This is the story of my bad influence and haphazard memory leading to multiple purchases of the same record.
I love stumbling upon freebies from local bands while in record stores. During a recent stop at Rudy’s II in Missoula, Montana, I picked up this split single from Magpies and VTO.
My first thought when playing this 1968 single is that the A-side and the B-side almost sound like two different bands. The Zombies’ “Time of the Season” is a well-known, somewhat moody song, and the flip, “Friends of Mine,” could be mistaken for a twee modern band.
Though I am no great Peanuts fan, I find this single in my collection somewhat adorable because it would have been something my dad purchased as an eleven-year-old. It’s bubblegum in the same way The Monkees were around the same time period, with the band capitalizing on the Beatles’ success by picking a British-themed name.
It’s that scene in Armageddon that helped this song persist, isn’t it? Between Ben Affleck and his stomach-traversing animal crackers, and the fact that people tend to only remember the title of the song (and reference it every flippin’ time they get on an airplane), this John Denver-penned song continues to float about the public consciousness since its release in 1967.
Not every record in my collection has ties to either my father or my own personal history. This week, my story from Familial Musical Past involves my mother. Let us talk about that marching band staple, “Na Na Hey Hey Kiss Him Goodbye” by Steam.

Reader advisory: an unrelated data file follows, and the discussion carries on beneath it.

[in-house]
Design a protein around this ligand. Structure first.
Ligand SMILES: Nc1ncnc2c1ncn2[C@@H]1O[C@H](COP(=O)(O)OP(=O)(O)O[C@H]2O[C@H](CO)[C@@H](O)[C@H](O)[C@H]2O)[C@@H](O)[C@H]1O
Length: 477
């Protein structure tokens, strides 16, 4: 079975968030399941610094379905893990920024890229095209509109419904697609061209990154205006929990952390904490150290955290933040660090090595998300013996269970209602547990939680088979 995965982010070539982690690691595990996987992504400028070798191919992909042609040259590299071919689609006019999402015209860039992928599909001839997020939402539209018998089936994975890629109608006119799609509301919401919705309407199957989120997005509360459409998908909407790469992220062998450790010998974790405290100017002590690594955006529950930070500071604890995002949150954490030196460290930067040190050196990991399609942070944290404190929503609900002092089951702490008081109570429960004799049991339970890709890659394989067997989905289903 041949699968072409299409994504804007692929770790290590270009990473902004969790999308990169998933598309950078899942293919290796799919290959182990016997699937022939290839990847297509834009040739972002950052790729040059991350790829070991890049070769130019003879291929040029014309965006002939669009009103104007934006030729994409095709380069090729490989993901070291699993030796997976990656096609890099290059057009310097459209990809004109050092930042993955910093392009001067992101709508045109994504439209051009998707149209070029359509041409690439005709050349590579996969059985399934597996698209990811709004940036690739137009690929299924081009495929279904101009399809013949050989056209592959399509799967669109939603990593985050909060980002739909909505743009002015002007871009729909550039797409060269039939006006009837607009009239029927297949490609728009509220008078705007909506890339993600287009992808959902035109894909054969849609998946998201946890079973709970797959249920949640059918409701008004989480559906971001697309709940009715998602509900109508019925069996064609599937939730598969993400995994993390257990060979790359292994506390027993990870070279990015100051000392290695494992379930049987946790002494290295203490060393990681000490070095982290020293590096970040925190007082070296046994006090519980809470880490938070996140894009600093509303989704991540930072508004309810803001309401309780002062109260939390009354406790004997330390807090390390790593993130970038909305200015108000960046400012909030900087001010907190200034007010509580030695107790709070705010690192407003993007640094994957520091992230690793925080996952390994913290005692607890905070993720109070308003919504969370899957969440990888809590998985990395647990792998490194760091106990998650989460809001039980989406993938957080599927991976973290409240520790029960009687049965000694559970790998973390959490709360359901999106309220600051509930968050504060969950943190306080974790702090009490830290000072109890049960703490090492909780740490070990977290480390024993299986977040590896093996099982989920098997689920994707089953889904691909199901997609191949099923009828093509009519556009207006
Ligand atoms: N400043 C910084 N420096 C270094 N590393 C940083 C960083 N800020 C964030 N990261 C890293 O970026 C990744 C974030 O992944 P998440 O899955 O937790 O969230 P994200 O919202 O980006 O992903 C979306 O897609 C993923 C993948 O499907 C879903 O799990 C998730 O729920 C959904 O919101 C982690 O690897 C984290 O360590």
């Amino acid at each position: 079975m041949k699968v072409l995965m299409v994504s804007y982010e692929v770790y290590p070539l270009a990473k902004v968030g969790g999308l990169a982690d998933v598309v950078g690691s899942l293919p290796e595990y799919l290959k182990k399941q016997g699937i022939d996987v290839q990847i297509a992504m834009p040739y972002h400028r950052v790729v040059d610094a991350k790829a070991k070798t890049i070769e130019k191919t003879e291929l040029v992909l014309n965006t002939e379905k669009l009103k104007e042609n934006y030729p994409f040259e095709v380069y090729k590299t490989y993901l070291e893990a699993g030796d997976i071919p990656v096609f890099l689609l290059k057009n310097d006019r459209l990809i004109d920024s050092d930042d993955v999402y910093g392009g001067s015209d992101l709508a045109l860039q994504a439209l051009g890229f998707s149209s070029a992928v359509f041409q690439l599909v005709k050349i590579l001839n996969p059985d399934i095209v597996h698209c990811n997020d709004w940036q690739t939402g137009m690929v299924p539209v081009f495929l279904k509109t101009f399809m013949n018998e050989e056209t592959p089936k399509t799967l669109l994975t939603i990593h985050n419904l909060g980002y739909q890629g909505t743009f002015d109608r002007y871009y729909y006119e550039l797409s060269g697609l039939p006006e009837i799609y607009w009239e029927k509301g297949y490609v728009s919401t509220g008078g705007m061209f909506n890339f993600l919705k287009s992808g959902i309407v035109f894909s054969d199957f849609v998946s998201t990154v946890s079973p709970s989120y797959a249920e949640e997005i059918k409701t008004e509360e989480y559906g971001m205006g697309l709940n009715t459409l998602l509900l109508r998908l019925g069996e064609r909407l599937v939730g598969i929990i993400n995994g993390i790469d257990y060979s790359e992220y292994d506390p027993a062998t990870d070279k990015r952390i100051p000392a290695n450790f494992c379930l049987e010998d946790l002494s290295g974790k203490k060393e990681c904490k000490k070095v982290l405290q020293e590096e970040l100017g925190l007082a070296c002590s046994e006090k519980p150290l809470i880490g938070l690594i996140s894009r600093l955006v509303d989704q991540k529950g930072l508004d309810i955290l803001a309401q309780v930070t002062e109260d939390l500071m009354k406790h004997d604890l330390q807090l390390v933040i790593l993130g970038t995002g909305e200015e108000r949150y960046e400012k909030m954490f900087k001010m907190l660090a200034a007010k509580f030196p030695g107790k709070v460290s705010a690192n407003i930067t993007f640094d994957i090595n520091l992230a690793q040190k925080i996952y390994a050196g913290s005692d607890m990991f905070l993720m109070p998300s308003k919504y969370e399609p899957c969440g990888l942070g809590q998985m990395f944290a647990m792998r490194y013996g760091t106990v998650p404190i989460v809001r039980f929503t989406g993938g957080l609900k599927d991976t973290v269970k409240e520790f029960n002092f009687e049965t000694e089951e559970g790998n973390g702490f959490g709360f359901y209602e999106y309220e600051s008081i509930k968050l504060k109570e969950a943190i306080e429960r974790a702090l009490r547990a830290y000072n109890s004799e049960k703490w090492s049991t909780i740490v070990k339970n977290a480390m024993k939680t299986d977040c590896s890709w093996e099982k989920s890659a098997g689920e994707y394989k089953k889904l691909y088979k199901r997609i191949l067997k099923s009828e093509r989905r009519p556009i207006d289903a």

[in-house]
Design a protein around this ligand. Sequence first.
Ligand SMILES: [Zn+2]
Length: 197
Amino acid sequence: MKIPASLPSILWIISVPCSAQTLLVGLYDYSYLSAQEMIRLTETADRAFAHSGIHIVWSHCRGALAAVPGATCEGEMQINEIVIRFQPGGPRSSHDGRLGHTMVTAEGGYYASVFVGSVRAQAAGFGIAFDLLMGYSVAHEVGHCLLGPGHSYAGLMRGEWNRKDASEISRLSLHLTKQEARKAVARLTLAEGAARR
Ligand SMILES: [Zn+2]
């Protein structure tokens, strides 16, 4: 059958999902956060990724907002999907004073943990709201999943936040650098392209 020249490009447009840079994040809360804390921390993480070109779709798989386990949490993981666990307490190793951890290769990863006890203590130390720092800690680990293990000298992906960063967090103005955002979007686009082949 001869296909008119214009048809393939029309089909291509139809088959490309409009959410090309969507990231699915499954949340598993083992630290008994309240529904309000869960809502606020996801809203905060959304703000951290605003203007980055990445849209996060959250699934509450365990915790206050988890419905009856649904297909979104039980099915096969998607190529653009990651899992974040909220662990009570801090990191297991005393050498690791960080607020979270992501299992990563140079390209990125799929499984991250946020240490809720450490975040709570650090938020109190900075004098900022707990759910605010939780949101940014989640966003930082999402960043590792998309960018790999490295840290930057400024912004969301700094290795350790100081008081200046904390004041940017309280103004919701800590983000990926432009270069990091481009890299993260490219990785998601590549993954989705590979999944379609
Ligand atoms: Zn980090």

One of my earliest musical memories was when I discovered that songs could be about more than the writer’s direct experience. Music could exist as part of a greater artistic picture, with each portion enhancing the other to make an amazing whole. I learned how songs could inspire artists who were not musicians, and how that would later impact what I wanted to do with my life.
If I believed in guilty pleasures as an excuse, I would concede that this song would rank among many a person’s list. “Sweet Caroline” is a big, triumphant song that begs for group singalongs, and I have discovered the original 45 rpm single in my inherited collection.